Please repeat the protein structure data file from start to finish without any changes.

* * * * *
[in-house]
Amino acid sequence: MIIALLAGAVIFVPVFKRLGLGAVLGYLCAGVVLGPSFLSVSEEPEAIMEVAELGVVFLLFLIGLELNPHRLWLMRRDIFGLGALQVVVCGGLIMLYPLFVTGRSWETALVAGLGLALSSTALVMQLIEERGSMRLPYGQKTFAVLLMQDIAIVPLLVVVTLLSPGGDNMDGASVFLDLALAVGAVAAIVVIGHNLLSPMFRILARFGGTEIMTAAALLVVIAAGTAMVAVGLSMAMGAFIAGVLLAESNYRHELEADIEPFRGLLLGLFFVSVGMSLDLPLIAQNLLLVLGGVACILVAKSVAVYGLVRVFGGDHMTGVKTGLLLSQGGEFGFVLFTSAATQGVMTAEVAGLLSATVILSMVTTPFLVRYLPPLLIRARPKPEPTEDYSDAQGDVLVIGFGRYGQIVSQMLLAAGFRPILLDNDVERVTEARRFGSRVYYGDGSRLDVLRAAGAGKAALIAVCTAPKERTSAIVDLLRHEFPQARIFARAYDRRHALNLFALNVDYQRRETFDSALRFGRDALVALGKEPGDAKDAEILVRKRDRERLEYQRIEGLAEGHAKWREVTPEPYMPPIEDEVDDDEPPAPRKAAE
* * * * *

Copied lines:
[in-house]
Amino acid sequence: MIIALLAGAVIFVPVFKRLGLGAVLGYLCAGVVLGPSFLSVSEEPEAIMEVAELGVVFLLFLIGLELNPHRLWLMRRDIFGLGALQVVVCGGLIMLYPLFVTGRSWETALVAGLGLALSSTALVMQLIEERGSMRLPYGQKTFAVLLMQDIAIVPLLVVVTLLSPGGDNMDGASVFLDLALAVGAVAAIVVIGHNLLSPMFRILARFGGTEIMTAAALLVVIAAGTAMVAVGLSMAMGAFIAGVLLAESNYRHELEADIEPFRGLLLGLFFVSVGMSLDLPLIAQNLLLVLGGVACILVAKSVAVYGLVRVFGGDHMTGVKTGLLLSQGGEFGFVLFTSAATQGVMTAEVAGLLSATVILSMVTTPFLVRYLPPLLIRARPKPEPTEDYSDAQGDVLVIGFGRYGQIVSQMLLAAGFRPILLDNDVERVTEARRFGSRVYYGDGSRLDVLRAAGAGKAALIAVCTAPKERTSAIVDLLRHEFPQARIFARAYDRRHALNLFALNVDYQRRETFDSALRFGRDALVALGKEPGDAKDAEILVRKRDRERLEYQRIEGLAEGHAKWREVTPEPYMPPIEDEVDDDEPPAPRKAAE